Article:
“We hope this discovery helps contribute to an element of closure to the extended families of those lost on the Ironton, and the communities impacted by its loss,” Ballard said. “The Ironton is yet another piece of the puzzle of Alpena’s fascinating place in America’s history of trade,” while the Thunder Bay sanctuary “continues to reveal lost chapters of maritime history.”
Nearly 200 shipwrecks are believed to rest within or nearby the boundaries of the sanctuary, which includes the Great Lakes Maritime Heritage Center in Alpena and some 4,300 square miles of northwestern Lake Huron.
Several factors made the area a “shipwreck alley” for more than two centuries, until modern navigation and weather forecasting reduced the danger, said Stephanie Gandulla, the sanctuary’s resource protection coordinator.
The late 1800s was a busy period for Great Lakes commerce. Thousands of schooners, or sailing ships, and hundreds of steamers hauled cargo and passengers between bustling port cities such as Chicago, Detroit and Cleveland.
The sanctuary area was something of a maritime highway cloverleaf. Vessels cruised to and from Lake Huron and Lake Michigan through the nearby Straits of Mackinac. Others ranged northward to Lake Superior, fetching iron ore for steel mills from mines in Minnesota and Michigan’s Upper Peninsula.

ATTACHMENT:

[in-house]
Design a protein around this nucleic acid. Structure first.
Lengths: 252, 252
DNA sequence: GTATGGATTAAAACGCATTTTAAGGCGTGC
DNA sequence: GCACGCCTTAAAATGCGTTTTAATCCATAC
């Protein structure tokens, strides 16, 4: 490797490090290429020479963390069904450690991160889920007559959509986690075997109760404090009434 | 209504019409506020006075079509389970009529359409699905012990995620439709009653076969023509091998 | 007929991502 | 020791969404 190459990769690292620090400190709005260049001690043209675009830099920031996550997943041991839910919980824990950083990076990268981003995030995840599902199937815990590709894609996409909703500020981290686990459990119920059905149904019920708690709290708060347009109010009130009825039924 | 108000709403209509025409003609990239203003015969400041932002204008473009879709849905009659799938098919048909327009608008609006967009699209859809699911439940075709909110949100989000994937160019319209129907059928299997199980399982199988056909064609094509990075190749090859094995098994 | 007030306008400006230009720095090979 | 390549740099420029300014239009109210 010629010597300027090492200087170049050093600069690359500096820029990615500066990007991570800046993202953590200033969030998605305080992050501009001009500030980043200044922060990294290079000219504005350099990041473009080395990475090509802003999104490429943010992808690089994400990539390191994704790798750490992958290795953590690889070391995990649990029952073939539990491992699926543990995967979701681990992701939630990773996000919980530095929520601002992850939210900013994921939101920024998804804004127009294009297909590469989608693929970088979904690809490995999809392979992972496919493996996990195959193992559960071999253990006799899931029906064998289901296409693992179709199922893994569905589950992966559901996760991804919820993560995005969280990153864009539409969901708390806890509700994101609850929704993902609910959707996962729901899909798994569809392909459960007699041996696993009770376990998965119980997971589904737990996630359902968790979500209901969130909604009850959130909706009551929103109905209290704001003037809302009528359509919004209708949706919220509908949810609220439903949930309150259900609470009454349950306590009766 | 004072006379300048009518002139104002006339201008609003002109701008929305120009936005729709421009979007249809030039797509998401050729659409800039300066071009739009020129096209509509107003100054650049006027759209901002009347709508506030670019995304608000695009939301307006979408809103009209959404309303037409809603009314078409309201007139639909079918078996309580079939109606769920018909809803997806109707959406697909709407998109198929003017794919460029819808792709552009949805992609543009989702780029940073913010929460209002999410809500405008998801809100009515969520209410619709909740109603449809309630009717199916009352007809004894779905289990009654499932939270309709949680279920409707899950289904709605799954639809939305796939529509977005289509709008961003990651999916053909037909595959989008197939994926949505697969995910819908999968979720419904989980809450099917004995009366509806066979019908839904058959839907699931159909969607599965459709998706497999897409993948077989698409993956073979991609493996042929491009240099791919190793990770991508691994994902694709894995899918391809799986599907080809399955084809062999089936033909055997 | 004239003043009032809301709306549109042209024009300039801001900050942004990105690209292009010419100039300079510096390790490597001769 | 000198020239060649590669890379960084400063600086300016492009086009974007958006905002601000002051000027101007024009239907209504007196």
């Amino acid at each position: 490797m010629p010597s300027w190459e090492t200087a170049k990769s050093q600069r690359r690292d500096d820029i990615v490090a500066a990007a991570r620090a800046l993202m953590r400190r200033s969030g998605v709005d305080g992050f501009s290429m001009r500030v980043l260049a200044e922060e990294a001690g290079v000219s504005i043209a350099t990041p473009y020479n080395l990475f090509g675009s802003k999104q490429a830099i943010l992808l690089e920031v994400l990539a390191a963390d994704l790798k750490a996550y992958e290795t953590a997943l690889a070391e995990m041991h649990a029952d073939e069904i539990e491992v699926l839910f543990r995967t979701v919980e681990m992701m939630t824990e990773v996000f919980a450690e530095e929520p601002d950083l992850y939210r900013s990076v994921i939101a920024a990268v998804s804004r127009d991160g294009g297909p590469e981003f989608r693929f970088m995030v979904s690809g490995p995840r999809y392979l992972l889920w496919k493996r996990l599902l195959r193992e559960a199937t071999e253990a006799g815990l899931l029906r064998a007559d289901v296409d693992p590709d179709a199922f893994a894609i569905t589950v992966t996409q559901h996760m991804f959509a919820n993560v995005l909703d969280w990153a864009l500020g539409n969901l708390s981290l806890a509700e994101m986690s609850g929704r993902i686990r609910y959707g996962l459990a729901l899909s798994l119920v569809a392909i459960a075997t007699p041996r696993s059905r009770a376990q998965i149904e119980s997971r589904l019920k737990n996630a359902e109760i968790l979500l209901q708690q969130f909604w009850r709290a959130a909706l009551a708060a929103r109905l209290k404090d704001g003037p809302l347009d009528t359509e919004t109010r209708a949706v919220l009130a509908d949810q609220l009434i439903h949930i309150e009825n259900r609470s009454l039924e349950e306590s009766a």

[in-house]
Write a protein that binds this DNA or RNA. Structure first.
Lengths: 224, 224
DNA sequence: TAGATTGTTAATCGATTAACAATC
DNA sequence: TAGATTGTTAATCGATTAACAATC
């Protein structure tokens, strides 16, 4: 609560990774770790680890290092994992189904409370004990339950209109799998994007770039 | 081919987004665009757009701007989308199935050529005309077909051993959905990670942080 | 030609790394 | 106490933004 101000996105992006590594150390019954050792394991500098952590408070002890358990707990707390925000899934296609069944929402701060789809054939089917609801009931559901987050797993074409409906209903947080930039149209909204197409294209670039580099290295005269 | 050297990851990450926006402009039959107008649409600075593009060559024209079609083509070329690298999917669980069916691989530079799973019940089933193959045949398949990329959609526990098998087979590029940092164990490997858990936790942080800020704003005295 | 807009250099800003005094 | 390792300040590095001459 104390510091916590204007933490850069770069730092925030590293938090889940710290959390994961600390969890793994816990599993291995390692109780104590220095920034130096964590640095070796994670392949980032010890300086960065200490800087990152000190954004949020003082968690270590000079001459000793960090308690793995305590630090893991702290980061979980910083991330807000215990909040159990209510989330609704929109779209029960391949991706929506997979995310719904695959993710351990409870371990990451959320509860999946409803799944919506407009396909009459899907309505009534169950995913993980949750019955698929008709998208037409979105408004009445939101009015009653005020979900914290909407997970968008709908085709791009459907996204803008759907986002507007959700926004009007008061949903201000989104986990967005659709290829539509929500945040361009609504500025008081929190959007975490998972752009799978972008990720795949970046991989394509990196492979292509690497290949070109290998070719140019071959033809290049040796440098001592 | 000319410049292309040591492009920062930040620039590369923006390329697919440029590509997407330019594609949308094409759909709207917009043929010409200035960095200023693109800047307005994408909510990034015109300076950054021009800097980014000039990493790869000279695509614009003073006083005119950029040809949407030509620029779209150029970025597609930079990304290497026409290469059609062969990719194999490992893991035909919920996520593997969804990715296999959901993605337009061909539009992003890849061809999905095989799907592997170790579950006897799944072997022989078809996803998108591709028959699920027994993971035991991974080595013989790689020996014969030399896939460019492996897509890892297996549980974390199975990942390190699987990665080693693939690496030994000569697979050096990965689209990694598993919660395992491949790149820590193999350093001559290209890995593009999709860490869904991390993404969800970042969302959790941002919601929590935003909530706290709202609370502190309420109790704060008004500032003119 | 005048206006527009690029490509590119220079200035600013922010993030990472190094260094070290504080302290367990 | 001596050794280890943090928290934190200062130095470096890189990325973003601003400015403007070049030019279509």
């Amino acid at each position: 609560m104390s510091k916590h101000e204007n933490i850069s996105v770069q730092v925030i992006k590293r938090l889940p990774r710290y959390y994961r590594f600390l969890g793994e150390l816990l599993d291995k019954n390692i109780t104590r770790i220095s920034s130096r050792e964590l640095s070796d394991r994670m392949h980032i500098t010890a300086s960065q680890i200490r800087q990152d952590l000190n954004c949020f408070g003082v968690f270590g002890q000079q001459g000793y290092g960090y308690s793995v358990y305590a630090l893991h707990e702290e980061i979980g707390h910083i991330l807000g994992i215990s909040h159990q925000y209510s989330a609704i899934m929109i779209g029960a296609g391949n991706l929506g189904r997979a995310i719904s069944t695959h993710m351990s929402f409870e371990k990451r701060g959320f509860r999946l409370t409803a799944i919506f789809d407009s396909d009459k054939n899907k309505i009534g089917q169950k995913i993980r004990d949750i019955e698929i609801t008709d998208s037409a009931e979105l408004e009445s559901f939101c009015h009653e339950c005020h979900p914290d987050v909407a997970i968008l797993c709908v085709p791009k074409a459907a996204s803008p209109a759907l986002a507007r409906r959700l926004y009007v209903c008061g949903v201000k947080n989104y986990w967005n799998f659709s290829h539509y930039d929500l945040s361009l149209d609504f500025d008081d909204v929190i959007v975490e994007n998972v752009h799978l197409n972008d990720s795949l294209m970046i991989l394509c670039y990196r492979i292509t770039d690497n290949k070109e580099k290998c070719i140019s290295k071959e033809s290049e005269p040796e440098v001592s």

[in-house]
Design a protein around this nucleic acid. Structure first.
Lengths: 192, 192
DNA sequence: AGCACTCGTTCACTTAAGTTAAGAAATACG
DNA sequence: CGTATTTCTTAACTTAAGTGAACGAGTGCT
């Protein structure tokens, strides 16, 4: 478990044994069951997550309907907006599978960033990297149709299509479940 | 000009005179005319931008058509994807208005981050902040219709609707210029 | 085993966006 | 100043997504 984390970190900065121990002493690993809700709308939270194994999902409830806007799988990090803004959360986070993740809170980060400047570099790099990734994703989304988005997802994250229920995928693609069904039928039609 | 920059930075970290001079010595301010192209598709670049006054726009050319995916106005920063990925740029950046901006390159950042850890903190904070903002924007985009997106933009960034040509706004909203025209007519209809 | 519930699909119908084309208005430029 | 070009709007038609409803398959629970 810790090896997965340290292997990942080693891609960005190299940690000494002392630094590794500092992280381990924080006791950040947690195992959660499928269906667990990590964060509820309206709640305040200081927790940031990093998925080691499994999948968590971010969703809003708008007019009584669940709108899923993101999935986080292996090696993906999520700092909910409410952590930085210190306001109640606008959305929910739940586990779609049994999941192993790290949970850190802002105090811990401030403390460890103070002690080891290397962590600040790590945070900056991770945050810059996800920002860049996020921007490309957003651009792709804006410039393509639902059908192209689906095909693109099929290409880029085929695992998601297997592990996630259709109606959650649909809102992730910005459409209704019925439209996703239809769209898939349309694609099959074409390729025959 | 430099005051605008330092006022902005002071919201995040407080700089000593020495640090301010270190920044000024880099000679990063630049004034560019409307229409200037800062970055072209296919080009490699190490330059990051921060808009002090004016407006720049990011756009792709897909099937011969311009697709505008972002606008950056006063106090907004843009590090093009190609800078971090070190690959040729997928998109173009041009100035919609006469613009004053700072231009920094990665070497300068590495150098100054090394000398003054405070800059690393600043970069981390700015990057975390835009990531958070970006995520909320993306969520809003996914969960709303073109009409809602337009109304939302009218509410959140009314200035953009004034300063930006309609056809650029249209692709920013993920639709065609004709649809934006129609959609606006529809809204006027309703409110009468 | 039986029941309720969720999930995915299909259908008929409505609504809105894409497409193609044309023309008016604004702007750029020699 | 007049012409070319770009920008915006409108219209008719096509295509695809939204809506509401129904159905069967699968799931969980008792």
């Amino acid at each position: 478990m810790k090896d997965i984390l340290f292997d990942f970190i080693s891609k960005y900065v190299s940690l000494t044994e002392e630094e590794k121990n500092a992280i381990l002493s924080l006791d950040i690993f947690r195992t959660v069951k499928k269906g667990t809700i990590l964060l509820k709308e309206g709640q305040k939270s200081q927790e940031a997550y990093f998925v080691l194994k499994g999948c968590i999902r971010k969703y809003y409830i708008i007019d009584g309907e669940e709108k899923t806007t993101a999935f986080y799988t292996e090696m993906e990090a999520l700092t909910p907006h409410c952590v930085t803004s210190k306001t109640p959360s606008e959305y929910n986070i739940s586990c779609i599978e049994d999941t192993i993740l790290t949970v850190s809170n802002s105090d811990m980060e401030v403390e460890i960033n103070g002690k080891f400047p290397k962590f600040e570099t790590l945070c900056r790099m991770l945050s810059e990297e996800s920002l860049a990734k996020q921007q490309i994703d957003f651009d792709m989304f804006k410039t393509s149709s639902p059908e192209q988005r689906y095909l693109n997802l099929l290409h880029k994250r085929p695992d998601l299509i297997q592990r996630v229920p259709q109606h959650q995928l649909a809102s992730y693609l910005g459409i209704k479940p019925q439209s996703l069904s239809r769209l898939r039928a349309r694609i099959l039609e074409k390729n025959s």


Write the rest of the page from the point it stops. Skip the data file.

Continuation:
“It’s where the upbound and downbound shipping kind of crossed each other,” Gray said. “Busy intersections are where most accidents happen.”
The weather was notoriously unstable — dense fog, sudden storms. Islands and submerged reefs lurked.
On the fateful night, the Ironton and another schooner barge, the Moonlight, were being towed northward from the Lake Erie town of Ashtabula, Ohio, by a steam-powered ship — a common practice then, much as a train engine pulls freight cars on a railroad. They were bound for Marquette, a port city on Lake Superior.
The steamer broke down in heavy Lake Huron seas around 12:30 a.m. the morning of Sept. 26. The Ironton and the Moonlight disconnected their tow lines and drifted apart, with the Ironton crew setting sails and firing up its engine. It veered off course and ran into the Ohio, a freighter loaded with 1,000 tons of flour, about 10 miles off Presque Isle, Michigan.
The Ohio soon foundered, its crew of 16 rescued by the Moonlight. The Ironton stayed afloat more than an hour before going down.